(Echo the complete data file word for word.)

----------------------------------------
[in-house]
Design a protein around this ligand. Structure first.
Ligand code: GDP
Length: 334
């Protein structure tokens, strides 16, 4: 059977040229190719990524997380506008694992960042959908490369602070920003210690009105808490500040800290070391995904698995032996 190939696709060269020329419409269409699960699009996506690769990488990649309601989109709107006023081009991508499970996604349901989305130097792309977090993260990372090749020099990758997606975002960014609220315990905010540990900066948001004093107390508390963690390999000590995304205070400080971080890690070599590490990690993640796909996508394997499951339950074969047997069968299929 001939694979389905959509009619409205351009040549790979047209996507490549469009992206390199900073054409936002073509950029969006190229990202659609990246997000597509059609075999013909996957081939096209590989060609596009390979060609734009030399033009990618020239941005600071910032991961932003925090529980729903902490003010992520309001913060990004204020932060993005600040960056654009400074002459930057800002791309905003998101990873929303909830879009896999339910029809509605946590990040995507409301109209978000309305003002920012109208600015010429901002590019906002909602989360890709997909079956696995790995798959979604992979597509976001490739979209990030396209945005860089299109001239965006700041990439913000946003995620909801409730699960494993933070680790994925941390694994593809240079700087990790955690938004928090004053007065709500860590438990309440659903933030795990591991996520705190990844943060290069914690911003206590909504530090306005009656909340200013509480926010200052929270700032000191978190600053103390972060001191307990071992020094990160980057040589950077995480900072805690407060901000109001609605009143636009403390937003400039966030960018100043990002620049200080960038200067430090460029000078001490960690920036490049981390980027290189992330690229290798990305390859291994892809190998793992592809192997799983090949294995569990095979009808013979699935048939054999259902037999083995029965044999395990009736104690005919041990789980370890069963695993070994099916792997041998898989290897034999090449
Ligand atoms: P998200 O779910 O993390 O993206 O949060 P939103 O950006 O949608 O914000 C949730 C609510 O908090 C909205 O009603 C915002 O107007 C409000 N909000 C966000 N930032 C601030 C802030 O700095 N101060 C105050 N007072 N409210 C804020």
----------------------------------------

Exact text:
[in-house]
Design a protein around this ligand. Structure first.
Ligand code: GDP
Length: 334
């Protein structure tokens, strides 16, 4: 059977040229190719990524997380506008694992960042959908490369602070920003210690009105808490500040800290070391995904698995032996 190939696709060269020329419409269409699960699009996506690769990488990649309601989109709107006023081009991508499970996604349901989305130097792309977090993260990372090749020099990758997606975002960014609220315990905010540990900066948001004093107390508390963690390999000590995304205070400080971080890690070599590490990690993640796909996508394997499951339950074969047997069968299929 001939694979389905959509009619409205351009040549790979047209996507490549469009992206390199900073054409936002073509950029969006190229990202659609990246997000597509059609075999013909996957081939096209590989060609596009390979060609734009030399033009990618020239941005600071910032991961932003925090529980729903902490003010992520309001913060990004204020932060993005600040960056654009400074002459930057800002791309905003998101990873929303909830879009896999339910029809509605946590990040995507409301109209978000309305003002920012109208600015010429901002590019906002909602989360890709997909079956696995790995798959979604992979597509976001490739979209990030396209945005860089299109001239965006700041990439913000946003995620909801409730699960494993933070680790994925941390694994593809240079700087990790955690938004928090004053007065709500860590438990309440659903933030795990591991996520705190990844943060290069914690911003206590909504530090306005009656909340200013509480926010200052929270700032000191978190600053103390972060001191307990071992020094990160980057040589950077995480900072805690407060901000109001609605009143636009403390937003400039966030960018100043990002620049200080960038200067430090460029000078001490960690920036490049981390980027290189992330690229290798990305390859291994892809190998793992592809192997799983090949294995569990095979009808013979699935048939054999259902037999083995029965044999395990009736104690005919041990789980370890069963695993070994099916792997041998898989290897034999090449
Ligand atoms: P998200 O779910 O993390 O993206 O949060 P939103 O950006 O949608 O914000 C949730 C609510 O908090 C909205 O009603 C915002 O107007 C409000 N909000 C966000 N930032 C601030 C802030 O700095 N101060 C105050 N007072 N409210 C804020």